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  1. #91
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    I am from Perth and growing up you started in the calendar year you turn 5. I am late December so started school just after I turned 4. I loved it and didn't have any problems academically or socially. I did have all older siblings / close family so was dying to "be as big as them" and go to school!

  2. #92
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    In Queensland, the cut off date used to be 6 months earlier than it is now (calendar year - so a child had to be turning 5 any time January - December) starting prep (preschool as it used to be called), so there would be some children in a class, who may have only just turned 4 on December 31, and they were supposed to start prep the next month. 2 of my children fell into this category - and I did hold them back. Several people have commented that you cannot hold them back in Queensland, in our experience this is not true - you have to push very hard, and show due cause (letters from teachers) even exaggerate your cause for concern, but if you feel strongly enough about it, it can happen. They have both excelled academically, but the requirement to compete in sporting events (as the youngest and of a lower grade) has occasionally been difficult for them, but for us, it is a minor issue. If my 2 boys had been born a couple of years later, it wouldn't have even been an issue as they would have automatically gone into the appropriate year for their development.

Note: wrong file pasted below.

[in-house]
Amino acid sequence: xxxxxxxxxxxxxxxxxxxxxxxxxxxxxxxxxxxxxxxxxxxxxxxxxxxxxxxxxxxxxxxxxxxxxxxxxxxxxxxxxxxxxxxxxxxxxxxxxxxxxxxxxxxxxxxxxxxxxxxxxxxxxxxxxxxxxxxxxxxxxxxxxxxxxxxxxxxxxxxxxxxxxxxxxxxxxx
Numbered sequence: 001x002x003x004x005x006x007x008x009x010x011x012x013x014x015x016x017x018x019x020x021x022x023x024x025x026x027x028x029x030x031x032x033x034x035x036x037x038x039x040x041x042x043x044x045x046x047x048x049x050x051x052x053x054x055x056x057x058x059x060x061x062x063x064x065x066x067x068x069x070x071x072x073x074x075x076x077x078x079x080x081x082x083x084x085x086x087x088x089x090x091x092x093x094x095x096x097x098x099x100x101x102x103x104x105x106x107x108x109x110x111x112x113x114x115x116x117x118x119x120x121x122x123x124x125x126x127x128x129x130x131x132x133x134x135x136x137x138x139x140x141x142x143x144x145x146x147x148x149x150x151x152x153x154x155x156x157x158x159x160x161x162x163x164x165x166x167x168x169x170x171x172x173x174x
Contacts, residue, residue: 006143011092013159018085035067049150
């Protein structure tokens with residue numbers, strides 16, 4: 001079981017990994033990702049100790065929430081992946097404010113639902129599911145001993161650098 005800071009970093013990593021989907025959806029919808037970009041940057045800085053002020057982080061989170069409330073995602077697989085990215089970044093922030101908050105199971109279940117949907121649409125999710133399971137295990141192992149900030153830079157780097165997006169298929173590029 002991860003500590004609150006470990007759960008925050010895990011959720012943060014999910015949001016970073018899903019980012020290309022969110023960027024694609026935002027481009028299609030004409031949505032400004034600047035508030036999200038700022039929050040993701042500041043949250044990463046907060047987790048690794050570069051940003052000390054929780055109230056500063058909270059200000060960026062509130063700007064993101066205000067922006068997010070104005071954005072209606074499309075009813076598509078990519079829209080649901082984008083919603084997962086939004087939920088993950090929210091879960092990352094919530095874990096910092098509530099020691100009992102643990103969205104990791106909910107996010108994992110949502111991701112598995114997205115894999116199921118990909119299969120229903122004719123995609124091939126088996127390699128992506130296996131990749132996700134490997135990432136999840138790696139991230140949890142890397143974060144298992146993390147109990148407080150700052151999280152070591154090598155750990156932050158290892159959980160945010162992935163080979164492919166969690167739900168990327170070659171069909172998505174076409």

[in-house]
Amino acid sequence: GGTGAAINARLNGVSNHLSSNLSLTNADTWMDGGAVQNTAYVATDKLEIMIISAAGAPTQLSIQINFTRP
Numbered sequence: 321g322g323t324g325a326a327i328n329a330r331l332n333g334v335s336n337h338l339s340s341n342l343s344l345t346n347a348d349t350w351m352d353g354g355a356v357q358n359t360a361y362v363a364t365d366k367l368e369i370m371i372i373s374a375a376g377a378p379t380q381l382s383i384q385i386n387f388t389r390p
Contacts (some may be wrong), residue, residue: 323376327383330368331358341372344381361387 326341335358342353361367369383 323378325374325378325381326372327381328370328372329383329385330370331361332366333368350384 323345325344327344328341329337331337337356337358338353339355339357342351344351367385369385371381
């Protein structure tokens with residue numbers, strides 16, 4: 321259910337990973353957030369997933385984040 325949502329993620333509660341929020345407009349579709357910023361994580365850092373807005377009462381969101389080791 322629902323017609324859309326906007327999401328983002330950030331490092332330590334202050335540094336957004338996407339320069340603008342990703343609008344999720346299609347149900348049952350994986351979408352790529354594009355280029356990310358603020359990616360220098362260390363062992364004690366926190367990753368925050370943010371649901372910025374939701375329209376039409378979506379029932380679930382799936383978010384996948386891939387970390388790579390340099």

I did want to comment that I think it is definitely less relevant now (in Qld) than it used to be, as the youngest a child will be starting prep is 4 and a half, so in grade one, the youngest they will be starting is 5 and a half. This seems to be a very unpopular opinion now, as most still seem to think this is too young to be starting school? For the majority, I think this is fine, there are always exceptions but for the most part I think people are overthinking it and worrying where there's no need.